I have more confidence in the ACE at this point - no machining, smoothing or refinishing required. Only downside is no rotation limitations. I might be able to solve that problem easier than the problems with the IWC with some epoxy. Fill the groove in the socket, use a small bit to mill out epoxy in spots similar to the pockets in the IWC Rotation Limited QD if you cannot live without them. I have a Magpul socket I can test this theory on.

Edited by bm4sbs
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Making your own limited rotation stops would be difficult. I'd use JB Weld. I'm not sure how long it would hold up though. The torsional force exerted by the QD connector is pretty high.

 

I think you could hit the external edge with a file while rotating it and bevel the edge quite easily. I believe the cups are steel, right? You could hit them with some of that instant bluing after doing the filing.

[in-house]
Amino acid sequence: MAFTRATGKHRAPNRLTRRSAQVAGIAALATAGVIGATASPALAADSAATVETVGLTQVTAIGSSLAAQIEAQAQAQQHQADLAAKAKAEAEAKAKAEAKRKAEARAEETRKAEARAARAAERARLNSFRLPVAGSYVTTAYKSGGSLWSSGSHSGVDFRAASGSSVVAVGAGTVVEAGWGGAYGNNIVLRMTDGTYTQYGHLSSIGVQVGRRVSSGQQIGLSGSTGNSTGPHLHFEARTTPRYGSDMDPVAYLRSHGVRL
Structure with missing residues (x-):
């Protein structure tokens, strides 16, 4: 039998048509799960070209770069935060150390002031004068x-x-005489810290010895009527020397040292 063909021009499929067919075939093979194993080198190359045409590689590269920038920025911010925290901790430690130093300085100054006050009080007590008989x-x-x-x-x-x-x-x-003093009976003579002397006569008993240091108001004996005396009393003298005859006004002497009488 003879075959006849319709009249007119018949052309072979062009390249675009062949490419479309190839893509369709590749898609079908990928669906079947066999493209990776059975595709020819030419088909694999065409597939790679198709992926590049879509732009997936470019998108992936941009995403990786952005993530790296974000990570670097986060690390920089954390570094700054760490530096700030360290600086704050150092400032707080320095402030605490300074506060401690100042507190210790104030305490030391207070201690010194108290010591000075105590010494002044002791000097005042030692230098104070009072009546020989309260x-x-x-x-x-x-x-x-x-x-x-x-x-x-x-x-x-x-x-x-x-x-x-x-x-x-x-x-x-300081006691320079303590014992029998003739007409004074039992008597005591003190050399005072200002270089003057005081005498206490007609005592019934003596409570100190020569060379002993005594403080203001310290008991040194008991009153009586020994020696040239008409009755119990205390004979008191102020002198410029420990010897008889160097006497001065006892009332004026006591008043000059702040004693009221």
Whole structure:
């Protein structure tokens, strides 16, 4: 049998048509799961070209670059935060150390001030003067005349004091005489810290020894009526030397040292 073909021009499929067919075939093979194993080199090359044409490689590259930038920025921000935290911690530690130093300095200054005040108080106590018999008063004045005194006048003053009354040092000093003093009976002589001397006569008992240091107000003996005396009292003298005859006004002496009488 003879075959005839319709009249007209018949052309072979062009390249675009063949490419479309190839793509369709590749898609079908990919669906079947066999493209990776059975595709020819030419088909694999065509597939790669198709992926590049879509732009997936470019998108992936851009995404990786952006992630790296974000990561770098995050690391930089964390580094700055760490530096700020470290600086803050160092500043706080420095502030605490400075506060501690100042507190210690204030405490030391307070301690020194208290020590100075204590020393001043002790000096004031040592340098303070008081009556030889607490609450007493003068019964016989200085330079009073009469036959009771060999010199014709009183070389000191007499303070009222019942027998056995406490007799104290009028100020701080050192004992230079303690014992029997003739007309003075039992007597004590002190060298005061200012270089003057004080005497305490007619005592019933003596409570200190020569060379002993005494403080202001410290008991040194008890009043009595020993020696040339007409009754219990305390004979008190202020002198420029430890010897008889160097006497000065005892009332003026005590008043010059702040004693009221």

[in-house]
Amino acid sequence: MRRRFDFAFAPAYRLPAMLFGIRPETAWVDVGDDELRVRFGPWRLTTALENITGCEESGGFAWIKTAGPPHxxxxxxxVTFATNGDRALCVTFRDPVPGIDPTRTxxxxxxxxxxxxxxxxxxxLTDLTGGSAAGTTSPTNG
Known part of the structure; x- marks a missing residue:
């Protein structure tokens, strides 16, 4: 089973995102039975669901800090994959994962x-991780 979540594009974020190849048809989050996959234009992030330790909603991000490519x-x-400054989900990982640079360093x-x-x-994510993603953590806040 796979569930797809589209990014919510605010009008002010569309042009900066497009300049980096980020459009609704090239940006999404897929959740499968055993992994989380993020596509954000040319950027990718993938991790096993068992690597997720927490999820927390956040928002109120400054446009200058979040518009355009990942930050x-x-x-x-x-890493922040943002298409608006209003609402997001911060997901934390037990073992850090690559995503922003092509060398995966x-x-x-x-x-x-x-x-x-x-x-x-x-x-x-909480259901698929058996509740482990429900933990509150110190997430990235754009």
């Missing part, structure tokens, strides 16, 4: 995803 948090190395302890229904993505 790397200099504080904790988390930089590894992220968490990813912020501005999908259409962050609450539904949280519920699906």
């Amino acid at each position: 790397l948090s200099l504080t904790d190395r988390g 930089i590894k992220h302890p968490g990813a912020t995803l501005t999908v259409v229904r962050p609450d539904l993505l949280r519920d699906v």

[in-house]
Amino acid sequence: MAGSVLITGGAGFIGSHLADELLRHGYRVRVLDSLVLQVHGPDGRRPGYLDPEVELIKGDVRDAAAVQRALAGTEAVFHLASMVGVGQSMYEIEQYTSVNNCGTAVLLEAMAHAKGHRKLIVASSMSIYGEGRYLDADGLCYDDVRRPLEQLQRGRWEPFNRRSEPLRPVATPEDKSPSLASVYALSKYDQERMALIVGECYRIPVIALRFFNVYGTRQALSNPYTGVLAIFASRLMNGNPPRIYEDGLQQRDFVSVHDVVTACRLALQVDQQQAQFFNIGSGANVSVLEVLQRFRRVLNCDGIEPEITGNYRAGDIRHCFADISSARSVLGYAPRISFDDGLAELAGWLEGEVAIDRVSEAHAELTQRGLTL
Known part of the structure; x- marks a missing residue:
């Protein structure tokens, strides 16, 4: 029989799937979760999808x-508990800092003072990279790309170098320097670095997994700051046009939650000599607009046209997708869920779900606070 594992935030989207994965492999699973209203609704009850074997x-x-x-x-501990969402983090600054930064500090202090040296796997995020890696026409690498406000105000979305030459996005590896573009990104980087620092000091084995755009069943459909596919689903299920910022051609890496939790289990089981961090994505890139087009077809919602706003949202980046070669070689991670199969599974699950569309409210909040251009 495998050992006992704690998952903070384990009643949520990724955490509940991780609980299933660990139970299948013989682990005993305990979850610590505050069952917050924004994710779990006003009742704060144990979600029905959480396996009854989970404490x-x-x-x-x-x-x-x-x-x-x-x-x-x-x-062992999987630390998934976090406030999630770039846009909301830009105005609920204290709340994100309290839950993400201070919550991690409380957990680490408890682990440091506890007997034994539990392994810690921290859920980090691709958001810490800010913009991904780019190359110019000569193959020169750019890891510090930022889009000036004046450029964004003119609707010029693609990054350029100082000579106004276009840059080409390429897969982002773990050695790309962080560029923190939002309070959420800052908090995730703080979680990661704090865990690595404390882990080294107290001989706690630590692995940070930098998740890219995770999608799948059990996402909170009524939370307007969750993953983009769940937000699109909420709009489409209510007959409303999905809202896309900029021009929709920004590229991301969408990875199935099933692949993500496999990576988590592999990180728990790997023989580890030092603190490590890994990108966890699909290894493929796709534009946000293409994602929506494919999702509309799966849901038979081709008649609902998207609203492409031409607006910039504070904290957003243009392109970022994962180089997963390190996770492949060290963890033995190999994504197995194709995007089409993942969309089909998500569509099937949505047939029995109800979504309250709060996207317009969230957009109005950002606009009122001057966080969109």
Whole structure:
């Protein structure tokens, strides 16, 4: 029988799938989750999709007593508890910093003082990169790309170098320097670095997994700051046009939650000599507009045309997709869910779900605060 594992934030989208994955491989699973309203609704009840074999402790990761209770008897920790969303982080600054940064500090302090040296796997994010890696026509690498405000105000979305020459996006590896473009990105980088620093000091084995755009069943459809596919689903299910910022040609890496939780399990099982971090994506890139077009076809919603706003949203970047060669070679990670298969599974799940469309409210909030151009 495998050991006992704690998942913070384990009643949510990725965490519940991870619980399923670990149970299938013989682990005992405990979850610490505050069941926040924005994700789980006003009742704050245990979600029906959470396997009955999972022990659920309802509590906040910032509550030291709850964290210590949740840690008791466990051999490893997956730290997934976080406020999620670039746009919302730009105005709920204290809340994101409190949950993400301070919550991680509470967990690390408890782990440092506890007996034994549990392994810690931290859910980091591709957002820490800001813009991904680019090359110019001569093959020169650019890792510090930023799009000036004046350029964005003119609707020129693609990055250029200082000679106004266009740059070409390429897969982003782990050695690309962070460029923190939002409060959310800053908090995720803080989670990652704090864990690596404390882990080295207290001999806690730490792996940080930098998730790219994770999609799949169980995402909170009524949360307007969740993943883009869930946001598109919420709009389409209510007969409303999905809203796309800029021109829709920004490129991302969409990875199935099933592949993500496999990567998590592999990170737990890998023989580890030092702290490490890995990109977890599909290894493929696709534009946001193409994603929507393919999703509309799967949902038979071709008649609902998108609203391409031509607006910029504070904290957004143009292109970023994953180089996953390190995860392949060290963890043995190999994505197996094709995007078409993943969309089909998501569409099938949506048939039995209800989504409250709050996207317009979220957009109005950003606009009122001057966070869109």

I looked at the grip core, if you grind off the feet and have a .510" overall length, seated up against the plate retainer will have approximately .200 exposed out of the grip. Roughly what I have now with the left side connector. If you were going to drill out the plate retainer, you'd have to go into it about .200", or approximately half way through the part. Then thread the remaining portion, and protrude into the opposite side for retention of the plate.

 

Drilling out that part would not be fun. Mainly since the bottom of most bits are not flat. So you'd end up with something other than a flat bottom to seat the cup against. I don't think it's worth the headaches involved. .200" exposed is pretty good. It is certainly much shorter than the Mesa Tactical option. On the lathe, this would work out well, since you could leave a lip on it. Doing it by hand with a drill would be harder, but still possible.